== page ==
...or perhaps a smaller boat is the answer to the impractical boat owner’s storage problems

PBO columnist Dave Selby discusses boat sheds…

Sailors are essentially collectors.

At sea we collect anecdotes – mostly of the “there I was holed by a whale and taking on water fast and being driven on to a rocky lee shore at the base of a 200ft cliff in a Force 10 gale on Rutland Reservoir” variety.

On land we collect things. And that’s why although psychologists may understand human nature, they’re out of their depth when it comes to understanding the mind-set of the sailor.

Take the average man in the street – and I’m afraid it is most usually a man – who upon seeing a skip in the road will satisfy one of four basic urges, all of which take place in pyjamas between 2200 and 0300.

The first is to throw your own rubbish in the skip; the second is to take something out; the third category, of which I’m a prime example, is to take out some overlooked treasure, realise in the fullness of time that it’s rubbish, then throw it in the next skip that comes along.

And the fourth and most primeval is to relieve yourself against the side of the skip, because that’s what men are like when it’s dark and no-one’s looking.

All of these behaviours, apart from the last, lead to feelings of loss and regret.

Size conundrum

Sailors though, are both different and more so. For no matter how many times I’ve measured my 18ft Sailfish 18 I’ve never once managed to park it in the 60ft by 20ft boat shed which I rented and shared with chums for 13 years until the lease ran out last month.

It’s not that I’m particularly bad at reversing. The real problem is that a shed that size is only really big enough to accommodate the paraphernalia of a Mirror dinghy as long as you keep the spars, sails, sheets and anchor in your bedroom.

And all your nearly empty and nearly full cans, tubes and blister packs of essential stuff in your kitchen cabinets.

I’m no conspiracy theorist, but I blame the marine industry, for why does everything to do with sailing come in a can, tube or bottle that’s just a little bit too small for the job?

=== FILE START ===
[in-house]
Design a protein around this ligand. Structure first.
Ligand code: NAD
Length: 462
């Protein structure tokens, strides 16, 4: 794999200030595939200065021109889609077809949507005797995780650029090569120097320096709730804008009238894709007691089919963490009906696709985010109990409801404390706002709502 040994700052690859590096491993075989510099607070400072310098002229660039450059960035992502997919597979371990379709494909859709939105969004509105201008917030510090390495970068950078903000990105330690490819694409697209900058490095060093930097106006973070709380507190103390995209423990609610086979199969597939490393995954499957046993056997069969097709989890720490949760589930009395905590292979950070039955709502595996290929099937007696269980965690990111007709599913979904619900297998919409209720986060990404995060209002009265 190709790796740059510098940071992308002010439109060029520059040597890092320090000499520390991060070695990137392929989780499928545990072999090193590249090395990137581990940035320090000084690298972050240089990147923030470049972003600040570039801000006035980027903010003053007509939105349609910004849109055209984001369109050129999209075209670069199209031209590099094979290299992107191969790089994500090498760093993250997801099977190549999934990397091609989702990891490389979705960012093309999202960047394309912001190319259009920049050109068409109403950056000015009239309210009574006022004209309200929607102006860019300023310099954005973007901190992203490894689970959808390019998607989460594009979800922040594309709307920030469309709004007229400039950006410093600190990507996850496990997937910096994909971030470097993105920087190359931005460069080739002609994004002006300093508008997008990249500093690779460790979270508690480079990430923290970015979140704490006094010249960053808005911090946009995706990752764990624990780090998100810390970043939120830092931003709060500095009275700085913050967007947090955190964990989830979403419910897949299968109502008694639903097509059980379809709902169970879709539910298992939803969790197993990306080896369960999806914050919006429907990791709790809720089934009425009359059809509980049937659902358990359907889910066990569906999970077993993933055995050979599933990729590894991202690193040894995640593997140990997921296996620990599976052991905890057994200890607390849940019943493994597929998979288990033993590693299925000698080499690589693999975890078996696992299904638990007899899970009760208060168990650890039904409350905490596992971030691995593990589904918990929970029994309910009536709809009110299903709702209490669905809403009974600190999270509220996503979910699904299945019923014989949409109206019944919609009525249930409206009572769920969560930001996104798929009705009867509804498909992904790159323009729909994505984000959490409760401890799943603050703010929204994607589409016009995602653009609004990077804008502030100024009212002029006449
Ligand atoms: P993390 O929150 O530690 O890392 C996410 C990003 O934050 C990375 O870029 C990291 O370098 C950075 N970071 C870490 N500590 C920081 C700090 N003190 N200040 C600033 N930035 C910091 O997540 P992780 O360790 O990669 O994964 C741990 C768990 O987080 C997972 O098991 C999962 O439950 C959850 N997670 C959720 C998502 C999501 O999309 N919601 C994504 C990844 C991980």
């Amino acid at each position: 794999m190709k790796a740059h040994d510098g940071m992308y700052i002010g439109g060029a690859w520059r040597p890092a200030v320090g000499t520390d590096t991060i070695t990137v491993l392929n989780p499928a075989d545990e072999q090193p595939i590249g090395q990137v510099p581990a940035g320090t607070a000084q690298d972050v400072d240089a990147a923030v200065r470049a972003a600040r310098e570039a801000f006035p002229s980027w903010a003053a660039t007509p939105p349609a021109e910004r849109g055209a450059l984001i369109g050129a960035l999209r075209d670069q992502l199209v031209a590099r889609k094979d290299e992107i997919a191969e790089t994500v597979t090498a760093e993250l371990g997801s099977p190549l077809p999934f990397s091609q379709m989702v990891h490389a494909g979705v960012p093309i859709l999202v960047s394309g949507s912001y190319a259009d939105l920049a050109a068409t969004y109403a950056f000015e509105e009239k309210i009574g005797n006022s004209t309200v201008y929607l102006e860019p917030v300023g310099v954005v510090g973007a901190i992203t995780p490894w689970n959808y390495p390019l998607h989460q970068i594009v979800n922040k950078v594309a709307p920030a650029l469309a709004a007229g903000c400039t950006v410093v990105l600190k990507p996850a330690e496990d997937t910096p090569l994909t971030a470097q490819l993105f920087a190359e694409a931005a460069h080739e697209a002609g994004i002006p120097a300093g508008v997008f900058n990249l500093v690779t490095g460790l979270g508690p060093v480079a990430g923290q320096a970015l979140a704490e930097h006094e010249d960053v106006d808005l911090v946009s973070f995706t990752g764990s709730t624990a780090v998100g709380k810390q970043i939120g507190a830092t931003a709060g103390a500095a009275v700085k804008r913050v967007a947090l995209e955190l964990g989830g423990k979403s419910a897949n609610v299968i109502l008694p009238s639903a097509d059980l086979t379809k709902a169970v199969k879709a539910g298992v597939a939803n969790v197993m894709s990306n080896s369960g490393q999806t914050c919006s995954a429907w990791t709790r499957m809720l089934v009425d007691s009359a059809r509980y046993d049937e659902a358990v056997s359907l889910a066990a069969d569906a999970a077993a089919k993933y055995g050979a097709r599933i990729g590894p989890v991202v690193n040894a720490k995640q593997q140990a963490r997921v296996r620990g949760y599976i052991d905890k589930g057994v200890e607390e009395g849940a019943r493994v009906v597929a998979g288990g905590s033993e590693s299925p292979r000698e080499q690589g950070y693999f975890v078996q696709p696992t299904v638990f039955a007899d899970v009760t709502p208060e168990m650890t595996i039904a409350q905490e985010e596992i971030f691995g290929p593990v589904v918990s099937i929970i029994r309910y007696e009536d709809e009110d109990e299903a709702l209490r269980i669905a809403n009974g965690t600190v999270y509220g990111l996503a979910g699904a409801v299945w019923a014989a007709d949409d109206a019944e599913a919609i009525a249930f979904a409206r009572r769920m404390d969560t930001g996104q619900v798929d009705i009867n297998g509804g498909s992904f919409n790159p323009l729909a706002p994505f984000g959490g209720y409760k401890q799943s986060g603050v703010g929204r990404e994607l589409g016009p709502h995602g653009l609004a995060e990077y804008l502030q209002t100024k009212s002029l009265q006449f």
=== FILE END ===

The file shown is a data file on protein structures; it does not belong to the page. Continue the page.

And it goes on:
Squirrel mentality

As to what’s in the cans, bottles and tubes, I’m more than certain that marine chemists in full biological warfare outfits and working in underground bunkers have secretly developed a nerve agent that short-circuits our neural pathways and re-wires us as squirrels.

Based on the evidence of four men in a boat shed all staring at their own precious stores of date-expired rusty tins and wondering if the contents have really gone off, there can be no other explanation.

You see, I know from personal experience that there’s nothing wrong with a Pot Noodle with a pre-decimal price sticker, and the four of us have the same healthy scepticism about the so-called ‘use-by’ dates of marine products.

This, of course, presents more than one dilemma. If you open that old tin of varnish and find the centimetre at the bottom has gone hard, you’ll be filled with those feelings of loss and regret.

If, on the other hand, you open it and find it’s OK, you’ll be filled with feelings of regret and loss, because you’ve let air in and it may well go off when you re-seal it.

Support group strategy

As men our views on counselling and talking therapies are pretty much in line with our convictions about expiry dates, but nevertheless we gave it a go and went to the pub.

We formed a support group, talked through our anxieties and came up with a strategy which involved hiring a skip and the three of us prizing rusty cans from the fourth, and two of us holding him down while the third one tossed the can in the skip.

And thus we achieved closure. By midnight on the eve of the expiry of the lease, the boat shed was empty and the skip was full. By the following morning it was empty, leaving us with those familiar old feelings of loss and regret.

Dave Selby’s book, The Impractical Boat Owner: Tales and Trials from Years of Floundering Afloat, is available on Amazon.

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This feature appeared in the March 2022 edition of Practical Boat Owner. For more articles like this, including DIY, money-saving advice, great boat projects, expert tips and ways to improve your boat’s performance, take out a magazine subscription to Britain’s best-selling boating magazine.

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